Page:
How Indie Beauty Brand Founders Cultivate Influencer Relationships
In this edition of Beauty Independent’s ongoing series posing questions to beauty entrepreneurs, we ask 29 founders and executives: What have your experiences working with influencers been like?
- Mary-Andrée Ardouin-Guerrier Founder and CEO, Loving Culture
One key thing that I have learned from working with influencers is that you want to have clear collaboration goals and expectations. Some have been really useful and some not so much. The micro-influencers are much more organic and have yielded better results.
The best partnerships were with two different mommy podcast brands: @goodmoms_badchoices happened through a family member's friendship with them, and we did giveaway and gift bag items for their live event in Atlanta. @controliveforever reached out to me via email, and we decided to do an ad during one of their podcast episodes. They also interviewed me for one of their episodes, and they have my product listed on their Amazon favorites store. Both collaborations were extremely amazing experiences.
- Gwyn Marie Johnson Founder, Rarity Natural Beauty
We found a talented makeup artist on Instagram that really inspired us. We loved how he created natural looks that seemed to effortlessly illuminate the models’ natural beauty. We were also in love with his use of color and approach to skin texture. His name is John Guanlao, and he works mainly in New York City fashion.
After working with John, we observed his belief that the makeup artist industry needs to change by using products that are nontoxic and healthy for your skin. One of the ways he is leading change is by supporting clean beauty products and brands he loves. He used our products at fashion week three seasons in a row and, for a young brand starting out, this has helped us get noticed.
The most remarkable artists we come across are not spending a ton of time perfecting an Instagram feed. They are working, creating and perfecting their craft. For us, working with influencers is not about followers or engagement, it's about finding your tribe and creating with them.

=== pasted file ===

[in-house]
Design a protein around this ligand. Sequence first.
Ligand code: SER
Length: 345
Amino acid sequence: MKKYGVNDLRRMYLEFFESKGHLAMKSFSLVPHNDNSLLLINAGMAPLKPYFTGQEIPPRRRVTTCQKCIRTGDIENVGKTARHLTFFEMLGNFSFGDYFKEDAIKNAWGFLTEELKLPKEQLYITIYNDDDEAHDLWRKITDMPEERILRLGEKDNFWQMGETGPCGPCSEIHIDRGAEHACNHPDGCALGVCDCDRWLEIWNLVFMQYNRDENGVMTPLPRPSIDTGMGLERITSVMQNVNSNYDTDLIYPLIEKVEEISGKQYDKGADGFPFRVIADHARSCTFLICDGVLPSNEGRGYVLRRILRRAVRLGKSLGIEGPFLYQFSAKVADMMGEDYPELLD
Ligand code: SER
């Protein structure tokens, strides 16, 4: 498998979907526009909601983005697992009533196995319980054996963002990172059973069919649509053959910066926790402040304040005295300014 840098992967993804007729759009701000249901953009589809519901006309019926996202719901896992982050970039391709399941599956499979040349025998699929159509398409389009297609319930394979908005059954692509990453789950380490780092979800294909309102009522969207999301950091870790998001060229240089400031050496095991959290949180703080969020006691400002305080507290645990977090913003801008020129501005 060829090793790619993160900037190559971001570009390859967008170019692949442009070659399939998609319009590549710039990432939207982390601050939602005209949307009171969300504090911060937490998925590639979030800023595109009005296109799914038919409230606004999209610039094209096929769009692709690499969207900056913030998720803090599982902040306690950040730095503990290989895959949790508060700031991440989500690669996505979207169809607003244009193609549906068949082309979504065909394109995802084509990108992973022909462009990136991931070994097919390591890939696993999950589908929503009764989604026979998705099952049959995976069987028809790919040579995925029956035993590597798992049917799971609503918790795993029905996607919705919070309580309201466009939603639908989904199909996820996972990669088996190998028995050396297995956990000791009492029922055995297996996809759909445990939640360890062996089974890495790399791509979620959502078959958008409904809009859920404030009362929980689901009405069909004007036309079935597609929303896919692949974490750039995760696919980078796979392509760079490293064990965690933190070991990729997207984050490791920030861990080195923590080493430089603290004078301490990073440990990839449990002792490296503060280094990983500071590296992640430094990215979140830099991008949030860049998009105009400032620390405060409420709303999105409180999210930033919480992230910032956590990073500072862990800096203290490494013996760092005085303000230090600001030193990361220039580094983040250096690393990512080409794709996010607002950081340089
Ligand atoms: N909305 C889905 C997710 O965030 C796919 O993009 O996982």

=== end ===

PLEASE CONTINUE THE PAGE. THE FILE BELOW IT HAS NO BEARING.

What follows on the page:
- Ray Shealy CEO, HaloSmile
We have worked with multiple influencers over the years. We started off working with more macro-influencers with hundreds of thousands of followers that we were matched with by our then PR agency. We quickly found that this route was highly expensive and was not as effective as we had hoped for conversions.
We switched our mindset to something that was more cost-effective for our brand with creating our own influencer program. With our program, we work with more niche micro-influencers who truly love our brand, which allows us to have a continuing partnership with them. We reach out to influencers we’ve vetted ourselves whom we believe embody the values of our company.
We exchange free product monthly and commissions on sales driven for a determined amount of post interaction each month. This way, our influencer community sees that the influencer truly has a love for our product and isn’t just posting because they were paid thousands of dollars. We also are able to grow a community within our influencers that instills confidence and networking with other like-minded people. We are currently working mainly with Kellie Hall, whom we found when she was local to our area.
- JEANNIE JARNOT Founder, Beauty Heroes